Cathy Ruse

FRC Webcast Tomorrow On "Don't Ask, Don't Tell" Repeal; New Radio Ad In Virginia

Despite a recent election where Americans rejected their radical agenda,  Congressional Democrats, during a lame duck session, are trying to force an end to the "don’t ask, don’t tell" policy regarding open homosexuals serving in the military. While the economy still struggles and nearly 10 percent of Americans are out of work as we approach Christmas, Congress focuses on repaying their shrinking base.

To learn more about this battle, Family Research Council Action (see Tom McClusky at FRC's The Cloakroom blog) will host a live national video Webcast tomorrow, December 2, at 1:00 p.m., entitled, Mission Compromised: How the Military is Being Used to Advance a Radical Agenda.

Veteran military commanders, Members of Congress, and policy experts will join FRC President Tony Perkins . . . 

to assess the Pentagon's study on the impact of open homosexuality on combat effectiveness and readiness. ... and discuss the report's shortcomings and plans by Senate Majority Leader Harry Reid (D-Nev.) to rush a vote during the lame-duck session of Congress without thorough hearings and testimony by battlefield commanders (see entire alert).

According to FRC, the Defense Authorization Act, on which the U.S. Senate may soon vote, not only would force open homosexuality on the military if enacted, it also will turn military medical facilities into abortion centers. Since the vote is expected to be very close, it's vital that you encourage your friends and family to tune into this live Webcast. Participants also will learn how they can help to stop this last ditch attempt by outgoing liberal senators to force a liberal social agenda onto the military.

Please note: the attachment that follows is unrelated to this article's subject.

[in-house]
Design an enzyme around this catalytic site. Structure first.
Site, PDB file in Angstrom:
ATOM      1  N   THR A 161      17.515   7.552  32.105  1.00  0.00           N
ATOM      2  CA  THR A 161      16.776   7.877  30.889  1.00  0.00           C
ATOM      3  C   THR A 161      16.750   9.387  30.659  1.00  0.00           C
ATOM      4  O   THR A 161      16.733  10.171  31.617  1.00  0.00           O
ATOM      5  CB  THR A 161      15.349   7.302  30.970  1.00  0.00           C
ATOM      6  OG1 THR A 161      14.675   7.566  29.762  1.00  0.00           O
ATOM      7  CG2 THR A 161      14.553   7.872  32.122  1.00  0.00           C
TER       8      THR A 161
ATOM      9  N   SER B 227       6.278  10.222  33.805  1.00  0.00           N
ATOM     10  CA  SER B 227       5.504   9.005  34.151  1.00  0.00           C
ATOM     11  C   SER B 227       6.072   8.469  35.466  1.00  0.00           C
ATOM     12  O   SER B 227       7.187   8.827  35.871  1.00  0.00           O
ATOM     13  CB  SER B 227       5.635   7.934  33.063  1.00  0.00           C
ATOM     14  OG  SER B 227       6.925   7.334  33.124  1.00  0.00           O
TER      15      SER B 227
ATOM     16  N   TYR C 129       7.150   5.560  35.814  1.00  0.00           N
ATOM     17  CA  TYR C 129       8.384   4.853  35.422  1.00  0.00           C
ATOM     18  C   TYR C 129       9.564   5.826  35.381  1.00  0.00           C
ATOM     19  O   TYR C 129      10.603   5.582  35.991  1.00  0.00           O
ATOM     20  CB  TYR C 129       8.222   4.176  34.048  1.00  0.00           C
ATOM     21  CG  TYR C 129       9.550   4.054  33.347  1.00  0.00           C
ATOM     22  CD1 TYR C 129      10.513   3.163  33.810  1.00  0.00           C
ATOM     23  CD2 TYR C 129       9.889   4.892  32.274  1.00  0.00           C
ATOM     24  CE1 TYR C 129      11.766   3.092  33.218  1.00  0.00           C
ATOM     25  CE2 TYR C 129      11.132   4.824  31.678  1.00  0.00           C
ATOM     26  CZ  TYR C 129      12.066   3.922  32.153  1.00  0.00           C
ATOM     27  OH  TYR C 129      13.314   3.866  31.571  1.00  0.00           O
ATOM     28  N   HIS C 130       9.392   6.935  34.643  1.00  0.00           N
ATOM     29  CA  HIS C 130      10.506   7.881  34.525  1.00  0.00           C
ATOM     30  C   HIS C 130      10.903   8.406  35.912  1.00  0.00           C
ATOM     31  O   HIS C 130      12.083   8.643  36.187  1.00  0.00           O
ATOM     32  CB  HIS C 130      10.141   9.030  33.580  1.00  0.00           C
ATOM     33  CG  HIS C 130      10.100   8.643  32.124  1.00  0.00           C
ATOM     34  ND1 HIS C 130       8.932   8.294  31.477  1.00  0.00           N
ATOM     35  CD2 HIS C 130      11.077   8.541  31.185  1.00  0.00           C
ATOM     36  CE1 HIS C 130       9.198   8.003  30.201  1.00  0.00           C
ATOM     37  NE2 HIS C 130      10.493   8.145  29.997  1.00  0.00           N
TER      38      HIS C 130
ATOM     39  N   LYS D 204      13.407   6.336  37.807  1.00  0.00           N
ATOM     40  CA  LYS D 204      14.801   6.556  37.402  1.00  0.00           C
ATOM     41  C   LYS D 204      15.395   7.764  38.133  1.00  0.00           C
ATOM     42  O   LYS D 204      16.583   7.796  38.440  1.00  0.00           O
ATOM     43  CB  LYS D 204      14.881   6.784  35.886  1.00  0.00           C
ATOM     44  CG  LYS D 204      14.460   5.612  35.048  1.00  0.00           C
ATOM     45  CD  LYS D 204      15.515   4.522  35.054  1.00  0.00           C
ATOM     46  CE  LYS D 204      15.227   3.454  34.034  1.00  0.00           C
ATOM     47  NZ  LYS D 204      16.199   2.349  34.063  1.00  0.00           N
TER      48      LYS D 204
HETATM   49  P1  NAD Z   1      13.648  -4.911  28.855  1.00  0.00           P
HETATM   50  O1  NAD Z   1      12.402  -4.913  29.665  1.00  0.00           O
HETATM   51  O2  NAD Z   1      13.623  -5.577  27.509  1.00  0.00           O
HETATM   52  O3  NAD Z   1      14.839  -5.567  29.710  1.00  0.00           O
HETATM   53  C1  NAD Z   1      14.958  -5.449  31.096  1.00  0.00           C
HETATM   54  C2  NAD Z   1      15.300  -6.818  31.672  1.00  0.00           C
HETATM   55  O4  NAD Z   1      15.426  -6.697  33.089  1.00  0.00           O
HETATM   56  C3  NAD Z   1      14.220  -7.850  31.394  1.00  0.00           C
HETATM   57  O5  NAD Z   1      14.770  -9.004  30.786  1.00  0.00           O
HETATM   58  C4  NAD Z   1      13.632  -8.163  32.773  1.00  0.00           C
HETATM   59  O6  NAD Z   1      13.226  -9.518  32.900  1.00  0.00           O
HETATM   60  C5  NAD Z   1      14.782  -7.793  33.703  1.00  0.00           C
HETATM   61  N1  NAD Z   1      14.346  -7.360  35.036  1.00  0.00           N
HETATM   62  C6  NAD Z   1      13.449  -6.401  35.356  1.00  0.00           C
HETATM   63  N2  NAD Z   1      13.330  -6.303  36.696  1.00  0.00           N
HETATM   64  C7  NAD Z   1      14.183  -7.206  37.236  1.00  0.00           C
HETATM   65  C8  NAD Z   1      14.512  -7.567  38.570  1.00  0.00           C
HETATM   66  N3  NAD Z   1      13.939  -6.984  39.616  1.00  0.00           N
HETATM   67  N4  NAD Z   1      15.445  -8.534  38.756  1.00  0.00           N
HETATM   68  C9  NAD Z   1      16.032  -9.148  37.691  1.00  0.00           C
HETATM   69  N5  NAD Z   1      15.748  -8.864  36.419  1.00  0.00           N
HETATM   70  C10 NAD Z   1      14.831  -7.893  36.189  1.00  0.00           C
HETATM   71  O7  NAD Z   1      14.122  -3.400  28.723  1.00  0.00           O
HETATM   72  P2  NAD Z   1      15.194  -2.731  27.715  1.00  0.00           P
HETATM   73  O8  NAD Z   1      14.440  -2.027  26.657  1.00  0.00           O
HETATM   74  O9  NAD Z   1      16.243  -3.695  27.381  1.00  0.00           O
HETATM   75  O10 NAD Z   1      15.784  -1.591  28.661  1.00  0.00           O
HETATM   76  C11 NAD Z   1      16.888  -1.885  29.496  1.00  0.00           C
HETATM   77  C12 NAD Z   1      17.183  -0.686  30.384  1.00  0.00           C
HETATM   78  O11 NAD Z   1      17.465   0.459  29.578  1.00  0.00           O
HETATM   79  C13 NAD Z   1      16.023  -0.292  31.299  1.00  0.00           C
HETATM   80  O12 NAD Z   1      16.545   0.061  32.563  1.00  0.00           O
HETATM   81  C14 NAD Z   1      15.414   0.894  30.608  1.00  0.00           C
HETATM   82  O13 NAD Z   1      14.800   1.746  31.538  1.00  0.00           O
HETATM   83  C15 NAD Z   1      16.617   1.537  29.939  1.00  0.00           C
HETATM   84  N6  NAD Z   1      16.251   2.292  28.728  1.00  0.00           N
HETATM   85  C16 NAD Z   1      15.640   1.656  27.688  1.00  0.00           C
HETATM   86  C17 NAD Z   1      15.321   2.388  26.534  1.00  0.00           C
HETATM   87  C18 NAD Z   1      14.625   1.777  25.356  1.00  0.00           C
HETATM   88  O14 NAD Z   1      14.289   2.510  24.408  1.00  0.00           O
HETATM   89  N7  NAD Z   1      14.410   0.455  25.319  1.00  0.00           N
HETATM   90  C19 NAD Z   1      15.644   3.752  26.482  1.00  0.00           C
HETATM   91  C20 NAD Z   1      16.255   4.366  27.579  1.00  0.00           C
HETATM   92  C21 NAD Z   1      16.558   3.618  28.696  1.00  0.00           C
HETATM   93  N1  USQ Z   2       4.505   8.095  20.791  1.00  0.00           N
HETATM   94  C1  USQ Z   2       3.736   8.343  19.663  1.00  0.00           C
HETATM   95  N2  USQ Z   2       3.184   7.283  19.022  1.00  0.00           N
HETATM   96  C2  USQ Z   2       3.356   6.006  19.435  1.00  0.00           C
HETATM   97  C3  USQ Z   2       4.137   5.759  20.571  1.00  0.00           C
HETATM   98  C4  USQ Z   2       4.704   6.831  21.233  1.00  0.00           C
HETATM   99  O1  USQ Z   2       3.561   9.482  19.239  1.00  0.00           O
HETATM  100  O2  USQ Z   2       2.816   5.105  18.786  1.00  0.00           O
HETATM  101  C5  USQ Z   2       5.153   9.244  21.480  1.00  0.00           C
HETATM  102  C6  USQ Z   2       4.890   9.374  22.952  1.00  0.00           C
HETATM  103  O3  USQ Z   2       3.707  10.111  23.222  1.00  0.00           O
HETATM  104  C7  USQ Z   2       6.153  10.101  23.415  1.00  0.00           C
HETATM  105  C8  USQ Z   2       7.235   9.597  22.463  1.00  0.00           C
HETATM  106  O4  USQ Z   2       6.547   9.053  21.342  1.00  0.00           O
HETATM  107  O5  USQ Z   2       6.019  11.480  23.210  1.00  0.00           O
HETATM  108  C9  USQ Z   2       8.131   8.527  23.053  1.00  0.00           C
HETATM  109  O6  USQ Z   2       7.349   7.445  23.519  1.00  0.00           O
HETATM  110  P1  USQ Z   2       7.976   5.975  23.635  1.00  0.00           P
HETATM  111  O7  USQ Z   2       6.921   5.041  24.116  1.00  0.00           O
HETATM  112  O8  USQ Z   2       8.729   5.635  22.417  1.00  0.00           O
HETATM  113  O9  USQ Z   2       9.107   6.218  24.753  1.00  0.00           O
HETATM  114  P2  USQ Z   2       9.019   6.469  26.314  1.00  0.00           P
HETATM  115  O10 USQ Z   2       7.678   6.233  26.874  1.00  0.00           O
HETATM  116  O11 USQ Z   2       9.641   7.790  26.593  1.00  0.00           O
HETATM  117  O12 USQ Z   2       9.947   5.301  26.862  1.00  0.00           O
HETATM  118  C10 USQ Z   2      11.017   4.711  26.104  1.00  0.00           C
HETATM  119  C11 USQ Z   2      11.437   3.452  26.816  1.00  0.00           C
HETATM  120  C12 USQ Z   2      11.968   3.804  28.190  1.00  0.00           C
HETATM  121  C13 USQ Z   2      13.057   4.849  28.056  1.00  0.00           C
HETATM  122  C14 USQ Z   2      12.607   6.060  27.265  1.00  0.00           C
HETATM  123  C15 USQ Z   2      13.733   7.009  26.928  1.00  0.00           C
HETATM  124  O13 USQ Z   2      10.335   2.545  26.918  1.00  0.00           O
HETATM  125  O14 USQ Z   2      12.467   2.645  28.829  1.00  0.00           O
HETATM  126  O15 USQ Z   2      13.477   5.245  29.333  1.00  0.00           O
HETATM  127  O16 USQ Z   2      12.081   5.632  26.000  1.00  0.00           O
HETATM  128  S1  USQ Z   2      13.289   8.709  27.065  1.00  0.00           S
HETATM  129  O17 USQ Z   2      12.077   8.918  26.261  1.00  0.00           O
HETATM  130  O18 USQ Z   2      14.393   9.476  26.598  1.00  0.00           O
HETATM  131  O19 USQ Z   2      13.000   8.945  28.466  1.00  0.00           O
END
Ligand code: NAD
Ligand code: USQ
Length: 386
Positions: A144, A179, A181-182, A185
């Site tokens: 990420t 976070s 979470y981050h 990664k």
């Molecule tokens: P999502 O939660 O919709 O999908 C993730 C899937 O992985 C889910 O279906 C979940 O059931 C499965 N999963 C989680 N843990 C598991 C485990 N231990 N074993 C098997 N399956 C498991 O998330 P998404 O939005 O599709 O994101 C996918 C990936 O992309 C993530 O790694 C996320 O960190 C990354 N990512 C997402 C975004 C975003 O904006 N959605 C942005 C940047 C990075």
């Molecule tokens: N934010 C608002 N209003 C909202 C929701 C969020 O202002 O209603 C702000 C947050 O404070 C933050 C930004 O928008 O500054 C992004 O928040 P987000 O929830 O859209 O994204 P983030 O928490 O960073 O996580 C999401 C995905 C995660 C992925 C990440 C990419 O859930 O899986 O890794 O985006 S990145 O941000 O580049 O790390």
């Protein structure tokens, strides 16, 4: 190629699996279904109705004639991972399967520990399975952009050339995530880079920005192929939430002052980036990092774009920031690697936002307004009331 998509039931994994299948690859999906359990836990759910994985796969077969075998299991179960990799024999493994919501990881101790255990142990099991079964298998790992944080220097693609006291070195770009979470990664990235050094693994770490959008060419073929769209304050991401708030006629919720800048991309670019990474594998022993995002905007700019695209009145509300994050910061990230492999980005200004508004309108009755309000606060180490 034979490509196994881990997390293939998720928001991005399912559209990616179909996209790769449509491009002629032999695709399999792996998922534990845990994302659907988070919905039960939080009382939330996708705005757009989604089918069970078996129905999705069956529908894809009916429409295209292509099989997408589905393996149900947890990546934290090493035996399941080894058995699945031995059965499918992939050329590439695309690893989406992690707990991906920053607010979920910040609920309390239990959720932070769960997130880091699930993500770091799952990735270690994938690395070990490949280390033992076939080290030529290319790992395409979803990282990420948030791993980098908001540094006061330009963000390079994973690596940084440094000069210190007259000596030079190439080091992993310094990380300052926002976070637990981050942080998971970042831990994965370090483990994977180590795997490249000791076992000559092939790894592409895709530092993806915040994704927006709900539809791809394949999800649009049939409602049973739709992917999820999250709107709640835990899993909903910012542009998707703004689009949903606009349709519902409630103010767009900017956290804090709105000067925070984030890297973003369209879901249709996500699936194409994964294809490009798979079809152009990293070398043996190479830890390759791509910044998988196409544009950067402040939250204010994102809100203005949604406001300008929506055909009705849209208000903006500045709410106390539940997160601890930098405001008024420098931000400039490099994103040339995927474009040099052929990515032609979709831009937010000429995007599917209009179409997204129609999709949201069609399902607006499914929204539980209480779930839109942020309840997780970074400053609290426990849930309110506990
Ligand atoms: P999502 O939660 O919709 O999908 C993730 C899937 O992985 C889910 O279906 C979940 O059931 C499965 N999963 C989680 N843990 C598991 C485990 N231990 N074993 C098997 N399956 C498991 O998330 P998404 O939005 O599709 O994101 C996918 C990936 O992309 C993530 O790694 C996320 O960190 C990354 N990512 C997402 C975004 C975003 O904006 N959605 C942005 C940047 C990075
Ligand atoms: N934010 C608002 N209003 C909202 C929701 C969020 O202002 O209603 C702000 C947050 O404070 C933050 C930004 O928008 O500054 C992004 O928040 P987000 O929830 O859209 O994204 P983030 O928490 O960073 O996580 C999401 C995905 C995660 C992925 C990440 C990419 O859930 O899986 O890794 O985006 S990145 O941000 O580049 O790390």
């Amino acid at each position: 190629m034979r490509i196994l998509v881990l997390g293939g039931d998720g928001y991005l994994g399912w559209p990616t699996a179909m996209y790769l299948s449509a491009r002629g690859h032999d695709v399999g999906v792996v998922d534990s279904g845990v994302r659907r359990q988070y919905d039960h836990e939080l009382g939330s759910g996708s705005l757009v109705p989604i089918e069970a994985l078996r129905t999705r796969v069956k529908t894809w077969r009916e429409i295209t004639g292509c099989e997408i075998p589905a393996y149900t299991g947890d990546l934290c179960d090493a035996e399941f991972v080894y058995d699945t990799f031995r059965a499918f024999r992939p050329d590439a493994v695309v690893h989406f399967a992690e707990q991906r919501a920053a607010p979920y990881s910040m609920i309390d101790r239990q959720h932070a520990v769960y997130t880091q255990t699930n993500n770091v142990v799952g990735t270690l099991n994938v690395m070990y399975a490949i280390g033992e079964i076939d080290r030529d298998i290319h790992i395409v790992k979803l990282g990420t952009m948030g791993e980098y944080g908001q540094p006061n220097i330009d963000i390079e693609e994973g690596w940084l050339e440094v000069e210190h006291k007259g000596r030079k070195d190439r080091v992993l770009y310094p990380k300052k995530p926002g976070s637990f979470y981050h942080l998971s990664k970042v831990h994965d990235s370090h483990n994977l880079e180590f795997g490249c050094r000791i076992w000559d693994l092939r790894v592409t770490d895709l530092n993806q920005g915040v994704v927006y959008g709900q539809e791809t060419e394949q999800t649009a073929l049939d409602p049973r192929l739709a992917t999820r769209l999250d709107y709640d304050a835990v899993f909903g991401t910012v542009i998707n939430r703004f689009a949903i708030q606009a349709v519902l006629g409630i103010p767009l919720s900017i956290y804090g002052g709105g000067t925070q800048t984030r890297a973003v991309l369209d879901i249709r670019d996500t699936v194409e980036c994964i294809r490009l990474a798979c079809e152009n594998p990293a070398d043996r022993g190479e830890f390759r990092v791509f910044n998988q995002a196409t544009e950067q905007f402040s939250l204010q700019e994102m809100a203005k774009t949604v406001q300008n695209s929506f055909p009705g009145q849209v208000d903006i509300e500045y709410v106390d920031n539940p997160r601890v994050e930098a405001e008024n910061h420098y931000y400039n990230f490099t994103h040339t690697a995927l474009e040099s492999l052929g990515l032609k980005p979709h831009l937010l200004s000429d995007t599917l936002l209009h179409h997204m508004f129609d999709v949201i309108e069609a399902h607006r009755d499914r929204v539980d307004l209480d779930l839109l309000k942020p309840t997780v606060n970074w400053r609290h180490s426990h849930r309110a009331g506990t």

In addition to briefing on the significance of this legislation, guests will answer viewer questions via SMS text or e-mail. Guests include: Gen. Carl Mundy, former Commandant of the Marine Corps; Sgt. Brian Fleming, Afghanistan war veteran and Purple Heart recipient; Douglas Lee, Chaplain (Brigadier General, Ret.); Lt. Col. Bob Maginnis, (Ret), Senior Fellow, National Security, Family Research Council; Cathy Ruse, Senior Fellow, Legal Studies, Family Research Council; and Peter Sprigg, Senior Fellow for Policy Studies, Family Research Council.

Please register now (click here) and help spread the word about the live Webcast on December 2.

Virginia U.S. Senator Jim Webb is a key vote in this fight. (Virginia's other U.S. Senator, Mark Warner, has indicated he supports repealing "don’t ask, don’t tell"). Because of the nature of this crucial vote, we have partnered with CitizenLink (see "DADT" article by Catherine Snow) and FRCAction on this ad running now throughout the commonwealth. Please listen and share this link with as many people as you can.

Click here to listen to the new ad on the U.S. Senate's vote to allow homosexuals to serve openly in the U.S. Armed Forces.

Terry Schaivo Death Anniversary: FRC Panel Discussion March 29, Webcast March 31

The Family Research Council is hosting a panel event commemorating the 5th anniversary of Terri Schaivo's death on Monday, March 29 at 11:00 a.m., at its office in Washington, D.C. (801 G Street, N.W.). It's free and a light lunch will be provided. It also will be Webcast on March 31 at Panelists include FRC Senior Fellow for Legal Issues Cathy Ruse; Terri's brother Bobby Schindler, a full-time pro-life and disability rights advocateDavid Gibbs, the Schindler family's lead attorney and author of Fighting for Dear Life; and Robert Destro, professor of law, The Catholic University of America. Call 800-225-4008 to RSVP or for more information, or click here to register. To learn more, click here for a flyer. In this period where secular progressives have advanced the culture of death, Terri's death and legal struggles, and the lessons learned, are most relevant. Her sad episode served as a momentous indictment on our culture's progressive devaluation of life. This anniversary look-back at a breathtaking event of five years ago will be an important reminder that the situation surrounding her death should forever remain in our collective national memory.